The warbow is at a low brace and moving nicely. The cambium layer is beginning to crack and pop in an alarming fashion, so it's all a bit nerve wracking.
I have decisions to make:-
Do I leave the back untouched and have very little heartwood at the tips?
How do I cope with that weird dip near one tip? The surface of the back and the heart/sap boundary dips along one edge such that it's sloping at about 45 degrees or more.
I could just square it off and ignore the flow of the wood, but I'd be really cutting across growth rings at an unacceptable rate.
If I follow the wood exactly it will end up wanting to bend sideways.
Like most things there's the compromise, maybe I can aim for a sort of oval section with the axis of the ovality being slightly on a slope. I can relieve the high edge of sapwood a tad if it's done over a long gentle line and maybe allow the heartwood to get a bit thin along one edge of the belly.
Maybe I should reduce the sapwood thickness over the whole bow?... a laborious process if I'm going to maintain the integrity of a single growth ring.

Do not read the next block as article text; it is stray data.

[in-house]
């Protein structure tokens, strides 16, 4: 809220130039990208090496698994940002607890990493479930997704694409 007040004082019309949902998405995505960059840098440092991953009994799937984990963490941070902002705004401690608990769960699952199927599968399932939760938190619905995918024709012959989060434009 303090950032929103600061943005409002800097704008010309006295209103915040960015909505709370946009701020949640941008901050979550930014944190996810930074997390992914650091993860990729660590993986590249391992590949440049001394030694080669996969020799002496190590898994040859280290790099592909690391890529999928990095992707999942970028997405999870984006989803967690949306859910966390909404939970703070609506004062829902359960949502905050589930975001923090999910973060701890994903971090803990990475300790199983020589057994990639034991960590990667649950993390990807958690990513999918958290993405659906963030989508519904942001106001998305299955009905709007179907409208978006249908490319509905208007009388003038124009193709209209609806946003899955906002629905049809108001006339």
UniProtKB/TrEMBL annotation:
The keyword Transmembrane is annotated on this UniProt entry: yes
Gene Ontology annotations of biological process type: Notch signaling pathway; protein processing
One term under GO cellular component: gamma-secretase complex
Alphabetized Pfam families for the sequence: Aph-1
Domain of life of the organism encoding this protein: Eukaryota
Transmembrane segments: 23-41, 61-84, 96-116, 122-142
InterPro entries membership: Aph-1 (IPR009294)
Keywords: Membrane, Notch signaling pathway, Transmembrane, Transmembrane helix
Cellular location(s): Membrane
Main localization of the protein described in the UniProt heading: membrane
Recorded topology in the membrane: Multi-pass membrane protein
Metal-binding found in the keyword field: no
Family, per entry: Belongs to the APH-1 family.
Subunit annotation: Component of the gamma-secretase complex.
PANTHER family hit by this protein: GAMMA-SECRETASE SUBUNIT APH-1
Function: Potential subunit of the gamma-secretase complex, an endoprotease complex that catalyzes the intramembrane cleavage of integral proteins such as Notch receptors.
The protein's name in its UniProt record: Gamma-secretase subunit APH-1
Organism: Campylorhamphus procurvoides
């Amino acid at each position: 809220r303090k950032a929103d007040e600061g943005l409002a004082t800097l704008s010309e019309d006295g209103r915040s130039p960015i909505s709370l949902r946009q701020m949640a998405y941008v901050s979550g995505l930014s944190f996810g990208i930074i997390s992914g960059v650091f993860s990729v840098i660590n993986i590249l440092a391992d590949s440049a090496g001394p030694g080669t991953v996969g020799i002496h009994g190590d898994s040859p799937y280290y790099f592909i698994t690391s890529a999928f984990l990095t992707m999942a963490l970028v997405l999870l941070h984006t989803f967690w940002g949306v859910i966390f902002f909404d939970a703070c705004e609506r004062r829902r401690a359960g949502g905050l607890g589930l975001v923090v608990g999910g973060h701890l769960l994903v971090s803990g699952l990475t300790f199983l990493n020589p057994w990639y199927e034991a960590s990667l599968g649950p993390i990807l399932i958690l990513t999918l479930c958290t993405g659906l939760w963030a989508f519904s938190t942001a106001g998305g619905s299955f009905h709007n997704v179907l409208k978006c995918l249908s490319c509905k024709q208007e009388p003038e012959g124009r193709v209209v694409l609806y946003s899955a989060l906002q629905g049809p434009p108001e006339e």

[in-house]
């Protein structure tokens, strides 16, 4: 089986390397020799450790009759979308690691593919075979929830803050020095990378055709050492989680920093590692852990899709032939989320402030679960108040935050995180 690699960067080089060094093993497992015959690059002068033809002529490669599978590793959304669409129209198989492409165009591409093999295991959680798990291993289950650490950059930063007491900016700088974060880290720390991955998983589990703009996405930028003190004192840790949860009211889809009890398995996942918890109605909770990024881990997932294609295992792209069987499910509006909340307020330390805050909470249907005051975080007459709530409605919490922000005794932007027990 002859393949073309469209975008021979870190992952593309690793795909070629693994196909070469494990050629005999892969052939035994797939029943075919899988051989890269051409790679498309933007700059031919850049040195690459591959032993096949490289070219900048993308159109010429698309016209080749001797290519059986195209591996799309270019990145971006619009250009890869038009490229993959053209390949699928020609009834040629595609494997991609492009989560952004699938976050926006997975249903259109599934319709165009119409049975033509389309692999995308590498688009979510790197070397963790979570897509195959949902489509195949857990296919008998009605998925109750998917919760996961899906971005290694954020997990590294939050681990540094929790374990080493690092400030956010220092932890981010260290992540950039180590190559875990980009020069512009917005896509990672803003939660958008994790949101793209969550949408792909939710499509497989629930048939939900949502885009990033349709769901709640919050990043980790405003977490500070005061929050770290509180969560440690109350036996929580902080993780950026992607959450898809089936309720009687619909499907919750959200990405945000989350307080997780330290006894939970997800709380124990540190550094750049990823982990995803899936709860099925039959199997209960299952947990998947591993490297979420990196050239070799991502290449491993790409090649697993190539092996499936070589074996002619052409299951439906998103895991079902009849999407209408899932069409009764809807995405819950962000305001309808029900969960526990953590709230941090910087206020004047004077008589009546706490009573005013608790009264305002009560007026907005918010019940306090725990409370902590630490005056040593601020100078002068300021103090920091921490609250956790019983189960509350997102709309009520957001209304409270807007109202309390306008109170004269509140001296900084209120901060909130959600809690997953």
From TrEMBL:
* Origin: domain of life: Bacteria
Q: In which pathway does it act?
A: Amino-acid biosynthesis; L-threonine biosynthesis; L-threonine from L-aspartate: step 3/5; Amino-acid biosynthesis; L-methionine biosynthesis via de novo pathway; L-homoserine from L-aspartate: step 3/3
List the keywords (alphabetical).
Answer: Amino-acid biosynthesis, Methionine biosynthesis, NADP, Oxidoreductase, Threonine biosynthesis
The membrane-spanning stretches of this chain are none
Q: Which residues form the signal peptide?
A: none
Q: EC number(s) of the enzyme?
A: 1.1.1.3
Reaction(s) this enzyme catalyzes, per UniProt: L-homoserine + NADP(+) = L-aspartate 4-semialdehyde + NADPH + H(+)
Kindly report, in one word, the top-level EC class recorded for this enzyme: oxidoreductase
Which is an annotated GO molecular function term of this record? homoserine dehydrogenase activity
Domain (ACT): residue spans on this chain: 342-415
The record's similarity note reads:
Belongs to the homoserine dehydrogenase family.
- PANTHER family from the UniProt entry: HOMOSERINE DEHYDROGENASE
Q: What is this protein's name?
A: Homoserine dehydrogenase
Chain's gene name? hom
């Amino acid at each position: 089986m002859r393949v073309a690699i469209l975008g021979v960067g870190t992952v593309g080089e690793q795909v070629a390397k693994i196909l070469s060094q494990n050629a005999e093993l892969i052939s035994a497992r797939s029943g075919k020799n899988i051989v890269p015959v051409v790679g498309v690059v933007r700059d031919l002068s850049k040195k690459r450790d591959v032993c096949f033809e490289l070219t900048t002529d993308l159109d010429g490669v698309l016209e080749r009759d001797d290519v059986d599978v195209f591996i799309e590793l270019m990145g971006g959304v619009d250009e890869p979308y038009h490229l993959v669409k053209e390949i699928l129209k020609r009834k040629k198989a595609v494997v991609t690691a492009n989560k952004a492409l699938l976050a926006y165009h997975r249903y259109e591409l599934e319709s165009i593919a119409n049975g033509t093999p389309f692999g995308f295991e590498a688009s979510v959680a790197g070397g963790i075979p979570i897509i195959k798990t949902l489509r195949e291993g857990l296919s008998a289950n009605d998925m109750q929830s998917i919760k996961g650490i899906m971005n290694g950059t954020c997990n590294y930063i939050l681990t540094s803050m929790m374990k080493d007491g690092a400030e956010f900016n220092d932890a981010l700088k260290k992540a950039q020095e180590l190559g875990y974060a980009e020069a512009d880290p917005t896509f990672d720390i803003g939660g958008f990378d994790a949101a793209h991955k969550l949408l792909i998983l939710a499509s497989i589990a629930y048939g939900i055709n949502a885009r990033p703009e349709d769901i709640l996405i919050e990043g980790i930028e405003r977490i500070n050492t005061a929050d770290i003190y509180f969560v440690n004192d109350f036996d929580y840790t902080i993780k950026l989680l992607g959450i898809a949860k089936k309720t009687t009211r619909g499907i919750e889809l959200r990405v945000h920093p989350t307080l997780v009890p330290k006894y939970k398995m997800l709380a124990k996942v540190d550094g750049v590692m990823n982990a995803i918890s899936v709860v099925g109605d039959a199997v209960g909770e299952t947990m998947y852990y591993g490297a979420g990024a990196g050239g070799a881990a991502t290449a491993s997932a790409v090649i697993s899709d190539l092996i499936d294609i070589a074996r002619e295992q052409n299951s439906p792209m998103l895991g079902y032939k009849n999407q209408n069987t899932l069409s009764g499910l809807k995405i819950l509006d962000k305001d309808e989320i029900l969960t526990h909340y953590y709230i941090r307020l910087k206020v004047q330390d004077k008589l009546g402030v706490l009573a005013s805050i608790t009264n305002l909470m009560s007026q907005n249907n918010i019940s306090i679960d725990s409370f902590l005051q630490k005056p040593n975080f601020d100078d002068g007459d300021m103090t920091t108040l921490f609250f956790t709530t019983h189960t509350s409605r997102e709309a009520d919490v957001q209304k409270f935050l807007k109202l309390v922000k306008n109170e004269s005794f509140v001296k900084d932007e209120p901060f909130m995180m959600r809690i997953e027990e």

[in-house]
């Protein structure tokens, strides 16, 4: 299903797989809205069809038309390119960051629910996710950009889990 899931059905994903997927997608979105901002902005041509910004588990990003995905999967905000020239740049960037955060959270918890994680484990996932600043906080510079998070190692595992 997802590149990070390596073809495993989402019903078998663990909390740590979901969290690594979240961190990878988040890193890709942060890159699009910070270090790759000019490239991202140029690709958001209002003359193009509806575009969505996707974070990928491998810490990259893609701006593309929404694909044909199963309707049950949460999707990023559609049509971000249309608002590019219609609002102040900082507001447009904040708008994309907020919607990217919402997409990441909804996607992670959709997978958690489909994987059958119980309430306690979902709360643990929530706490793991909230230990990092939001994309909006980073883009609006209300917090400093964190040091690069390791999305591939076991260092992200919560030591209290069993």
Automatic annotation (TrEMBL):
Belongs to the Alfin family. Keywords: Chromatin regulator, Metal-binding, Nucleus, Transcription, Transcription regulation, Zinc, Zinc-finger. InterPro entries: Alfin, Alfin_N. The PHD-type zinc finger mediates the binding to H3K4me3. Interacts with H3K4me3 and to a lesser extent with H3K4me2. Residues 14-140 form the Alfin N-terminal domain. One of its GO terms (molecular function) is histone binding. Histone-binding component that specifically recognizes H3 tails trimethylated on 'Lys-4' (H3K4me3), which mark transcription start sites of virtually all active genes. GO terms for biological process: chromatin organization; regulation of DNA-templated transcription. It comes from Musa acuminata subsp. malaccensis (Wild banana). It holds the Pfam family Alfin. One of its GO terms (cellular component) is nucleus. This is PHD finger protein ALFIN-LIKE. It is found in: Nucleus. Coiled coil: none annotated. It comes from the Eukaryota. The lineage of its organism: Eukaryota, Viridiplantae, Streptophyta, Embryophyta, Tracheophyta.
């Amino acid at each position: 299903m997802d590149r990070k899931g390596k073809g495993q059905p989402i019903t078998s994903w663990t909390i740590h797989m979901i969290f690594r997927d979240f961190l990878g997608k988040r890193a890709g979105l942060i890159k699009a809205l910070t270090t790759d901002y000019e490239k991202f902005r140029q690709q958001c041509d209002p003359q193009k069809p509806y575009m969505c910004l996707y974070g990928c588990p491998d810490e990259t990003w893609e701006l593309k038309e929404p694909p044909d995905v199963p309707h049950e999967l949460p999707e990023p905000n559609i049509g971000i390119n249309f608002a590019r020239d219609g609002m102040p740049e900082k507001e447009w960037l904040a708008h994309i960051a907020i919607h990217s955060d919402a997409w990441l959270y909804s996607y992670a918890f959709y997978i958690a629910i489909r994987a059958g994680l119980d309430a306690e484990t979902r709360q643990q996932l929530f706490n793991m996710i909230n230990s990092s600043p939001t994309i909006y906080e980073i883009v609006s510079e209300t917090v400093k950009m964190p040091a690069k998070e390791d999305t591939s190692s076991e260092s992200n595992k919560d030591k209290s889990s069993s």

It would all be much easier on a low poundage bow.
The answer is to tread slowly and carefully, tease it back and see how it progresses. If I do have to reduce the sapwood thickness over the entire back, then do it slow and steady over a few days.
After lunch I went over it checking the thickness taper, looking, feeling and measuring, and teased it back to 5" brace. I had to winch the long string back to 140# to get the string on it, yet once braced it drew back to 19" at 120#. All a bit counter intuitive and that's why so many beginners make under weight bows.
This means I'm ok for draw weight and the there's a fair bit of wood to remove to get the tiller spot on.
I still have the various problems to solve, but I'm on the right track.
The lighting for the pic is a bit harsh and the shadows make the limbs look rather different. Holding a CD up to the pic shows the outer 1/3 of each limb isn't doing much flexing. This is going to be problematic for the right (upper) limb where it has the weird dip.... maybe that will become the lower limb. It's still early days.
That raises an interesting point about the 'Lower Limb is always stiffer' mantra. On casual examination of the Mary Rose bow dimensions, that seems to be true, but I happened upon several bows where the upper limb is actually wider and thicker. The real answer is, what does it look like on the tiller? Never believe the figures rather than your eyes.